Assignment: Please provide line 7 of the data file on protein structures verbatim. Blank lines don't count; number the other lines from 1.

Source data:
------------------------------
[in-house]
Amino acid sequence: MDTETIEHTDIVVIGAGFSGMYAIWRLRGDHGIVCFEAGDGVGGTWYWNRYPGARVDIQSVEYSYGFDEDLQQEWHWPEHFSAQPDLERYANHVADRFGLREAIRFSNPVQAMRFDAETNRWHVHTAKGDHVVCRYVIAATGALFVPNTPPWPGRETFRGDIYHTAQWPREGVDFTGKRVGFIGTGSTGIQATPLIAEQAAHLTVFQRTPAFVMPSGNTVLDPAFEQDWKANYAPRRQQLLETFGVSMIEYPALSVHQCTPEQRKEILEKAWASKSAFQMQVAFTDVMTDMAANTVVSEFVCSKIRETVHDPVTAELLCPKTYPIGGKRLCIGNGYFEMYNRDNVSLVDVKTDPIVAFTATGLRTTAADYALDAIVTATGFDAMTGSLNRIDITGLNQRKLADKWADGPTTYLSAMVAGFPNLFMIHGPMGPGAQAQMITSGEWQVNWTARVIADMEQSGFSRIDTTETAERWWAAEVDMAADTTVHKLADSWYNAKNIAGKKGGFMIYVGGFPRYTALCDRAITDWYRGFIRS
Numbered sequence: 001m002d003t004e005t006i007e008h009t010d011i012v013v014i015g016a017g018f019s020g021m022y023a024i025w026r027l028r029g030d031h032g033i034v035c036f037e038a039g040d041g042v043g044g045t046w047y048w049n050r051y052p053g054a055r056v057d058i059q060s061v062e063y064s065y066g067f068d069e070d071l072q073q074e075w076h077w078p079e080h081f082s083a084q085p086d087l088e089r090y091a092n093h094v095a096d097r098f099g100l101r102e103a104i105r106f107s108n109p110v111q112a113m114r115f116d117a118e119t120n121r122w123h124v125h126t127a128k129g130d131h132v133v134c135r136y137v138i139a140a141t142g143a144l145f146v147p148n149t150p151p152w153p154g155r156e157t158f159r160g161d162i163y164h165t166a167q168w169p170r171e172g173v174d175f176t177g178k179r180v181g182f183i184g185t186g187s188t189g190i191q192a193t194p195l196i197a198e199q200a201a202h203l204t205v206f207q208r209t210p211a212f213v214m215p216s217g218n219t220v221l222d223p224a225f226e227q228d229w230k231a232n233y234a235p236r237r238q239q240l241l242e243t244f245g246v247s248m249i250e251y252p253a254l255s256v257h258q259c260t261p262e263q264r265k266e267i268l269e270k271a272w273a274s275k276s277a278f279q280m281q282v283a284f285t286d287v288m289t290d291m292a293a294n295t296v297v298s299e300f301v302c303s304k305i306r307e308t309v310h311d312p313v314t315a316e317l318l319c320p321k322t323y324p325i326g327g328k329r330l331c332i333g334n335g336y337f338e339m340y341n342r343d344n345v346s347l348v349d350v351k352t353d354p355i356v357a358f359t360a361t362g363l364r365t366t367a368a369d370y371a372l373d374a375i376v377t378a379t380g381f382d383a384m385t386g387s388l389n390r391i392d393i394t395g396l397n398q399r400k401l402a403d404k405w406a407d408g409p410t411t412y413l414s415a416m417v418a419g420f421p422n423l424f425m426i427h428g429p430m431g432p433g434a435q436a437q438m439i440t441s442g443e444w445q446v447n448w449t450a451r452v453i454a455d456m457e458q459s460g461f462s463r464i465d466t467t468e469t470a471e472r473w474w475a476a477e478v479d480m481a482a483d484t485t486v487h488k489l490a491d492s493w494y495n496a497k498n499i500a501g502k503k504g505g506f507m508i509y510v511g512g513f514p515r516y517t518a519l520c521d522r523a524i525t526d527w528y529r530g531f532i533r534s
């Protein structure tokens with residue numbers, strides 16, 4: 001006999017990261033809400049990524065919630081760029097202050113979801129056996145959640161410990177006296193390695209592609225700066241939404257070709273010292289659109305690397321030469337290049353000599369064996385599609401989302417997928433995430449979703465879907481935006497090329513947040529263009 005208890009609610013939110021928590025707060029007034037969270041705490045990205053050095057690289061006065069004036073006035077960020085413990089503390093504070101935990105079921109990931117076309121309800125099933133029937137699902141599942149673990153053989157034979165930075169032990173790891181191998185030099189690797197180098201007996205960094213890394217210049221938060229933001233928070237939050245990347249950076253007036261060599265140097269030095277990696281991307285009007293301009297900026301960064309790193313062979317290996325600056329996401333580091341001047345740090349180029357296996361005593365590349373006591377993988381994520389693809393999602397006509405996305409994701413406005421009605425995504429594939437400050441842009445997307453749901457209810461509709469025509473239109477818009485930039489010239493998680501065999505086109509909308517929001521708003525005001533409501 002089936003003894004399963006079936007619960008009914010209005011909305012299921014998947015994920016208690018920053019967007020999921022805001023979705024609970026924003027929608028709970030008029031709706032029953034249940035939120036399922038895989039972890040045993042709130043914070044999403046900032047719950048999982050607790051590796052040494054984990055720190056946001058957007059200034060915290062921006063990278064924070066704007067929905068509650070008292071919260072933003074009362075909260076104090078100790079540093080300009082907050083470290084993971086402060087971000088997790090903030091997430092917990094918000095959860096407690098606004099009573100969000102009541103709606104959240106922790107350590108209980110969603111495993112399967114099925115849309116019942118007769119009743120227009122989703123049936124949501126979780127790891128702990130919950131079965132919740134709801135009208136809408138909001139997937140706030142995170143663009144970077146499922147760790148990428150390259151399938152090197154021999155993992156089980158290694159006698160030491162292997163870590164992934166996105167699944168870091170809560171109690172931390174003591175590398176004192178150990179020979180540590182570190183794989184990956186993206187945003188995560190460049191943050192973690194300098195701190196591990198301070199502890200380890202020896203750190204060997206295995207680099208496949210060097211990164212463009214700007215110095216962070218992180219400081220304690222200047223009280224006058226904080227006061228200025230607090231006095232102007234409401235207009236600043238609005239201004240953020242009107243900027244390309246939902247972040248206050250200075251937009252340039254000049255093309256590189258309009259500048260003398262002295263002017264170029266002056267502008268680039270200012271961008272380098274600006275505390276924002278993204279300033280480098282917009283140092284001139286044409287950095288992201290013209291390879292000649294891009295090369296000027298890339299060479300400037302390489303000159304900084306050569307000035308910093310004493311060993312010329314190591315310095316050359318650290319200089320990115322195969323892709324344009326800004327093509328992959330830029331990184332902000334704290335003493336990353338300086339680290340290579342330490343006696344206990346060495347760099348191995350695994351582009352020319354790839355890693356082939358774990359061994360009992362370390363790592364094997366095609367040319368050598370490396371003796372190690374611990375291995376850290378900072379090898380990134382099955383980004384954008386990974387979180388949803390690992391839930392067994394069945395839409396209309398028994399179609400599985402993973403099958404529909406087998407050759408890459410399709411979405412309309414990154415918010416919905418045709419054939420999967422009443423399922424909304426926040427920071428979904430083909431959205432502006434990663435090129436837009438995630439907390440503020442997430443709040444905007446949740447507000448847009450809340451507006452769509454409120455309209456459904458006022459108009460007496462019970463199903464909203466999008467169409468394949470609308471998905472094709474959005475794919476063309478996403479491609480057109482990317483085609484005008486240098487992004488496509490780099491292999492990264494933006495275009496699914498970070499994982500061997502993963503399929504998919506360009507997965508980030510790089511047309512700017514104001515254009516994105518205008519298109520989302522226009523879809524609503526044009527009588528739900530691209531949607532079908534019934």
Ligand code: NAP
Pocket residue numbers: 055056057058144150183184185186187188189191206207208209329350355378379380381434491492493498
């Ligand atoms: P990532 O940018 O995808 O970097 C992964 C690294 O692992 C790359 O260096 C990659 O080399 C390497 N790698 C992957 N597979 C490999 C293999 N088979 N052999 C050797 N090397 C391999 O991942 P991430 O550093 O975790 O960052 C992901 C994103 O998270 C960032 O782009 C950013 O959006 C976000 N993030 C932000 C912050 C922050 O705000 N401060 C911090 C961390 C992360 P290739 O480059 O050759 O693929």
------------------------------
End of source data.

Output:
């Ligand atoms: P990532 O940018 O995808 O970097 C992964 C690294 O692992 C790359 O260096 C990659 O080399 C390497 N790698 C992957 N597979 C490999 C293999 N088979 N052999 C050797 N090397 C391999 O991942 P991430 O550093 O975790 O960052 C992901 C994103 O998270 C960032 O782009 C950013 O959006 C976000 N993030 C932000 C912050 C922050 O705000 N401060 C911090 C961390 C992360 P290739 O480059 O050759 O693929």